12. Baron, David P. & Besanko, David, 1984. "Regulation and information in a continuing relationship," Information Economics and Policy, Elsevier, vol. 1(3), pages 267-302.
    13. J. A. Mirrlees, 1971. "An Exploration in the Theory of Optimum Income Taxation," Review of Economic Studies, Oxford University Press, vol. 38(2), pages 175-208.
    14. Jean-Charles Rochet & Philippe Chone, 1998. "Ironing, Sweeping, and Multidimensional Screening," Econometrica, Econometric Society, vol. 66(4), pages 783-826, July.
    15. Eric Maskin & John Riley, 1984. "Monopoly with Incomplete Information," RAND Journal of Economics, The RAND Corporation, vol. 15(2), pages 171-196, Summer.
    16. Rothschild, Michael & Stiglitz, Joseph E., 1970. "Increasing risk: I. A definition," Journal of Economic Theory, Elsevier, vol. 2(3), pages 225-243, September.
    17. Coase, Ronald H, 1972. "Durability and Monopoly," Journal of Law and Economics, University of Chicago Press, vol. 15(1), pages 143-149, April.
    18. Laffont, Jean-Jacques & Tirole, Jean, 1988. "The Dynamics of Incentive Contracts," Econometrica, Econometric Society, vol. 56(5), pages 1153-1175, September.
    19. Roger B. Myerson, 1981. "Optimal Auction Design," Mathematics of Operations Research, INFORMS, vol. 6(1), pages 58-73, February.
    20. William James Adams & Janet L. Yellen, 1976. "Commodity Bundling and the Burden of Monopoly," The Quarterly Journal of Economics, Oxford University Press, vol. 90(3), pages 475-498.
    21. McAfee, R. Preston & McMillan, John, 1988. "Multidimensional incentive compatibility and mechanism design," Journal of Economic Theory, Elsevier, vol. 46(2), pages 335-354, December.
    22. Wilson, Robert, 1997. "Nonlinear Pricing," OUP Catalogue, Oxford University Press, number 9780195115826.
    Full references (including those not matched with items on IDEAS)

    More about this item

    Keywords

    Price--discrimination; mechanism--design; demand--uncertainty;

    JEL classification:

    • D00 - Microeconomics - - General - - - General
    • D42 - Microeconomics - - Market Structure, Pricing, and Design - - - Monopoly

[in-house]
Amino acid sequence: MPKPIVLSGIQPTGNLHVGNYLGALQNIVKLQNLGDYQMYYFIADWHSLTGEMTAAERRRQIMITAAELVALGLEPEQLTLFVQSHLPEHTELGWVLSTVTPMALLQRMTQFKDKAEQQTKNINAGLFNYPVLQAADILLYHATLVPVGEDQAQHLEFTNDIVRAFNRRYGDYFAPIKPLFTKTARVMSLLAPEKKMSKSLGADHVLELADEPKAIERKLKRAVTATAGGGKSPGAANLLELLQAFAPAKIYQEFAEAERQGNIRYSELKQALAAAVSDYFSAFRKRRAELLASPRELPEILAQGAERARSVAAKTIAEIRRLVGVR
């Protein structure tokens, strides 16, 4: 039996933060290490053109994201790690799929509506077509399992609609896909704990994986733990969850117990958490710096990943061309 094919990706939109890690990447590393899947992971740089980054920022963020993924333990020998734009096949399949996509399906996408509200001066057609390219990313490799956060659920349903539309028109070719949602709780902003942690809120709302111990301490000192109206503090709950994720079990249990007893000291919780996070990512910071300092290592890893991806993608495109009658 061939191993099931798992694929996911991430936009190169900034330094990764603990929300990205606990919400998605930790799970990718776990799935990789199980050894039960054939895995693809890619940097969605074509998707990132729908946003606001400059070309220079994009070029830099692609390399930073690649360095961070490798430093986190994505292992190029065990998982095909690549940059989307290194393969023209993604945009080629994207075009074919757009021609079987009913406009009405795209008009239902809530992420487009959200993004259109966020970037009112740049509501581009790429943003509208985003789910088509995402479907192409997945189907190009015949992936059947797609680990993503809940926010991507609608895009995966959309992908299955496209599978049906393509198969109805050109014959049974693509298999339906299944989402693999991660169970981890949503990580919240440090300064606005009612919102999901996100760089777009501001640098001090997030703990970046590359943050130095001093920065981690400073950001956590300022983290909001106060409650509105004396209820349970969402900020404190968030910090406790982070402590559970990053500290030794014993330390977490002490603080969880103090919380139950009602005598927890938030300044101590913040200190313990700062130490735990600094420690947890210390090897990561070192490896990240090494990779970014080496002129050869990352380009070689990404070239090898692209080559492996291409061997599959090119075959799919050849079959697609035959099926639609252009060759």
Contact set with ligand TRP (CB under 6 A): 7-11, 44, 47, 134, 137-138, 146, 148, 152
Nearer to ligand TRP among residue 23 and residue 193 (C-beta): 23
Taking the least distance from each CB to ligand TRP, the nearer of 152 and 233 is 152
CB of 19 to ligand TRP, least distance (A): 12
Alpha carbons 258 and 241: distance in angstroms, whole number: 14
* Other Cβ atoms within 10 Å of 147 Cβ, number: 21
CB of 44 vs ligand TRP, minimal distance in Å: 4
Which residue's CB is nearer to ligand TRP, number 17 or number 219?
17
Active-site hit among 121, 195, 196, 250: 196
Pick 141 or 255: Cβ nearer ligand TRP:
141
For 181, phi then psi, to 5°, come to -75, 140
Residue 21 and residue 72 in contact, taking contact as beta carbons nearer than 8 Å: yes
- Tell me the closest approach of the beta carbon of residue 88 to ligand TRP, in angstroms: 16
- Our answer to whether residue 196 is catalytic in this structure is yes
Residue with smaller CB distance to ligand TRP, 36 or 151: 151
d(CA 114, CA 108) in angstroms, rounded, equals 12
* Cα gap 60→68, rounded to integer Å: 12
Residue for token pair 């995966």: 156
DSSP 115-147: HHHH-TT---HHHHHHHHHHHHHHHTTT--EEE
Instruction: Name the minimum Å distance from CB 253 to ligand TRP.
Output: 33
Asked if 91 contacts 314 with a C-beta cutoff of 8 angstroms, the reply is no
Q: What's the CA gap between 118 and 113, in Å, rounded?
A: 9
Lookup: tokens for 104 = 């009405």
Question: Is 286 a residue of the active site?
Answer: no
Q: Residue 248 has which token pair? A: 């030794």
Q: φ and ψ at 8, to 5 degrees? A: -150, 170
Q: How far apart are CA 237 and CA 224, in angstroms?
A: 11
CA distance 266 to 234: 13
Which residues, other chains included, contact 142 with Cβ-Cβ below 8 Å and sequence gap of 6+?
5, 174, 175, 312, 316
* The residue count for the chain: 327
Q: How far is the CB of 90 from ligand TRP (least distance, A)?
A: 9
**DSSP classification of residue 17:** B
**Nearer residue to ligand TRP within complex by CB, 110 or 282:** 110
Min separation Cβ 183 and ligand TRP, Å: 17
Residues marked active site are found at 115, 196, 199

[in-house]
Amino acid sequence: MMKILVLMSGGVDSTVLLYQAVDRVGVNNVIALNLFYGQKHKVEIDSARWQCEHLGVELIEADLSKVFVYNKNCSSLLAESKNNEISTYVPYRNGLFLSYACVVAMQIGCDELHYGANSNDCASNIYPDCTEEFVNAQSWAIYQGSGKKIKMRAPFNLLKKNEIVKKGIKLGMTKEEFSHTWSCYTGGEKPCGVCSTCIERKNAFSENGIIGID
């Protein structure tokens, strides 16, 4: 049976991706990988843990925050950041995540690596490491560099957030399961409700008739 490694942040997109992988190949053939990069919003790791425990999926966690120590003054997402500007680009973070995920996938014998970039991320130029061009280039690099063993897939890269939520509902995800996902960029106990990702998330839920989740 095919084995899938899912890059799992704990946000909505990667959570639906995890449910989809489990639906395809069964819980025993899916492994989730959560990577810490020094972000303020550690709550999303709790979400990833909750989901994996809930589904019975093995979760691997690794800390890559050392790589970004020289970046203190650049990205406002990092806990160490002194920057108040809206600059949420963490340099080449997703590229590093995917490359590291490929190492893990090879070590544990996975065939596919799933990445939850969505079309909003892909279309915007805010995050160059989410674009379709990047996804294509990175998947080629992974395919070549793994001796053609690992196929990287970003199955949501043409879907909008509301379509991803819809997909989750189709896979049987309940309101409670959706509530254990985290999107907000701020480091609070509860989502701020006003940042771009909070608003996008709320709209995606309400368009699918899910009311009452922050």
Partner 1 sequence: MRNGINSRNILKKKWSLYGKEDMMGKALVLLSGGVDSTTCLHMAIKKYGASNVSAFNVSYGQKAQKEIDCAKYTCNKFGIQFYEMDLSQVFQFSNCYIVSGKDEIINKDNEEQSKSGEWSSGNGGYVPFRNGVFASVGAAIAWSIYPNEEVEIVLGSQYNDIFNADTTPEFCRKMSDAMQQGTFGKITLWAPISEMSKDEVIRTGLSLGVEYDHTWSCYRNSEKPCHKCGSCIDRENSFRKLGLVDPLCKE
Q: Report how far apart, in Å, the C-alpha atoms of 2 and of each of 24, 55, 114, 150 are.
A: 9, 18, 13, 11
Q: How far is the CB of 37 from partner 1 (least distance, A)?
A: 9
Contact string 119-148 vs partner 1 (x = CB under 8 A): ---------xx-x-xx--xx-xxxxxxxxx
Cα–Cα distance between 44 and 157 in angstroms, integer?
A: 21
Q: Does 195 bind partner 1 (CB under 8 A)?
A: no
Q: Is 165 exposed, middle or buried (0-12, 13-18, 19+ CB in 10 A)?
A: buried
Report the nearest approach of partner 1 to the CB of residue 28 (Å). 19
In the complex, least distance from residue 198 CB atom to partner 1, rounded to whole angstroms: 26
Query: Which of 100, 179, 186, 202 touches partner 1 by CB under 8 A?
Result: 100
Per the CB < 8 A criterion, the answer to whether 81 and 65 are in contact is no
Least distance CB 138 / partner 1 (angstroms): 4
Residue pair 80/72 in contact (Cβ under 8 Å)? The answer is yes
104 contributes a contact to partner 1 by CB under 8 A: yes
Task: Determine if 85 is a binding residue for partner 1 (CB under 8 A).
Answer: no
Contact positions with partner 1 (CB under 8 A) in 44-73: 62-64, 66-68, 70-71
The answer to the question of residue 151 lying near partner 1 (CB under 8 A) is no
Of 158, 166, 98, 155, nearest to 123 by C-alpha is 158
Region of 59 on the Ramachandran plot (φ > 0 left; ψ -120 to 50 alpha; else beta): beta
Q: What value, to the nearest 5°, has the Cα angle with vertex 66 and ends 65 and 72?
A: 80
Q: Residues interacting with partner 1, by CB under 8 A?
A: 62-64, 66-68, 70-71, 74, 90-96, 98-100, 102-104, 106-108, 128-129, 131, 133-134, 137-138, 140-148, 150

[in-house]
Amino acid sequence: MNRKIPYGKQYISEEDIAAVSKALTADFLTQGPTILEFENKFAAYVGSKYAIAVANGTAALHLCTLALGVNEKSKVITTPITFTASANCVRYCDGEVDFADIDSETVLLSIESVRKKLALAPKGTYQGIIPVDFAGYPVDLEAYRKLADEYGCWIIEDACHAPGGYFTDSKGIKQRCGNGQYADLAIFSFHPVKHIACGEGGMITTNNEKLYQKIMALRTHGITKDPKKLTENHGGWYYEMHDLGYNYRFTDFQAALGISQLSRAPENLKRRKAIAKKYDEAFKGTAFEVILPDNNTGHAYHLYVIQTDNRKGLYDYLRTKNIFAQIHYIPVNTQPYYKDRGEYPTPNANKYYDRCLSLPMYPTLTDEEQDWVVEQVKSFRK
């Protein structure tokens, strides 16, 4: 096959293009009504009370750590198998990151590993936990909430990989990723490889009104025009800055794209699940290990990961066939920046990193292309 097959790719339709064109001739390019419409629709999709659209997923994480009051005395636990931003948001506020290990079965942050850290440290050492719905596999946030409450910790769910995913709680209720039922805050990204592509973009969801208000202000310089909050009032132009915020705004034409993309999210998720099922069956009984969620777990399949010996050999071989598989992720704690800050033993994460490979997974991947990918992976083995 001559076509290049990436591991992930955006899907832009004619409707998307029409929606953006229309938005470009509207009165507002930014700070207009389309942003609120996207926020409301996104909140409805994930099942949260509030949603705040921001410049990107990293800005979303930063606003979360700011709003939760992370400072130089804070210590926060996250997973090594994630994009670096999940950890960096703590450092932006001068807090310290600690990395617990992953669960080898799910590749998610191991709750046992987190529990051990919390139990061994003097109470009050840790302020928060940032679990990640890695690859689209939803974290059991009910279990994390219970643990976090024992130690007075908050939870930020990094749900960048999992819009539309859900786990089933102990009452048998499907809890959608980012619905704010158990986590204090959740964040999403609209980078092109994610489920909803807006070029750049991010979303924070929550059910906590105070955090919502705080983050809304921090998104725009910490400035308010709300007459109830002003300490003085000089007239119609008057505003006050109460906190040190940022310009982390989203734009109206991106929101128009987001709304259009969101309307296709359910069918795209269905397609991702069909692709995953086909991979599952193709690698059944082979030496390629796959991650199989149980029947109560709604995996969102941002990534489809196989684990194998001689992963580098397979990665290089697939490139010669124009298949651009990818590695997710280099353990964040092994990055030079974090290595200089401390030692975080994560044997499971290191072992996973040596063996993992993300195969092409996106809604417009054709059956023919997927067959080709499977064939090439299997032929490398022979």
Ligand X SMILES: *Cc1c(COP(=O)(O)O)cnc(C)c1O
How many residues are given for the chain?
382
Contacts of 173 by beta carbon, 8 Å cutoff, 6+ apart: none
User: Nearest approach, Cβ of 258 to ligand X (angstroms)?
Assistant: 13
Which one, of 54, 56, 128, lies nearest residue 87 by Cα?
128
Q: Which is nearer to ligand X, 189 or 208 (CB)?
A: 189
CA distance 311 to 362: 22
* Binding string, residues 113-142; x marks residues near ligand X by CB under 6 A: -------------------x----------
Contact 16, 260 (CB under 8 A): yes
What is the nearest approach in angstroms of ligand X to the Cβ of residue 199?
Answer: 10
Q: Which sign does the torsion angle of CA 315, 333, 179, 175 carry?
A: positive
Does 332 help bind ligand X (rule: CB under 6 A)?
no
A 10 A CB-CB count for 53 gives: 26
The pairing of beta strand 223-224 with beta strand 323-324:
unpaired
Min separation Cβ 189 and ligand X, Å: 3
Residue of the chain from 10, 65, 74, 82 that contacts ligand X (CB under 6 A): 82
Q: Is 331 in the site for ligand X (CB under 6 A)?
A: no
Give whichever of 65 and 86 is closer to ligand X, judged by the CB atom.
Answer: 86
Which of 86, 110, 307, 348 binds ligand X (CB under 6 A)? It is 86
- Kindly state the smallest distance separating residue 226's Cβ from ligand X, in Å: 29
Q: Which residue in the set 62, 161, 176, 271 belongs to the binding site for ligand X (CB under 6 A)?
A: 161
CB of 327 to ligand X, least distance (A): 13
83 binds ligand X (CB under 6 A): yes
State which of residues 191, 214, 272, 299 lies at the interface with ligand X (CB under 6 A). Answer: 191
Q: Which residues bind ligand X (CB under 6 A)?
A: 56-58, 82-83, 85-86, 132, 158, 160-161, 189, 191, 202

• D82 - Microeconomics - - Information, Knowledge, and Uncertainty - - - Asymmetric and Private Information; Mechanism Design

    Statistics

    Access and download statistics

    Corrections

    All material on this site has been provided by the respective publishers and authors. You can help correct errors and omissions. When requesting a correction, please mention this item's handle: RePEc:upf:upfgen:224. See general information about how to correct material in RePEc.

    For technical questions regarding this item, or to correct its authors, title, abstract, bibliographic or download information, contact: (). General contact details of provider: http://www.econ.upf.edu/ .

    If you have authored this item and are not yet registered with RePEc, we encourage you to do it here. This allows to link your profile to this item. It also allows you to accept potential citations to this item that we are uncertain about.

    If CitEc recognized a reference but did not link an item in RePEc to it, you can help with this form .

    If you know of missing items citing this one, you can help us creating those links by adding the relevant references in the same way as above, for each refering item. If you are a registered author of this item, you may also want to check the "citations" tab in your RePEc Author Service profile, as there may be some citations waiting for confirmation.

    Please note that corrections may take a couple of weeks to filter through the various RePEc services.

    IDEAS is a RePEc service hosted by the Research Division of the Federal Reserve Bank of St. Louis . RePEc uses bibliographic data supplied by the respective publishers.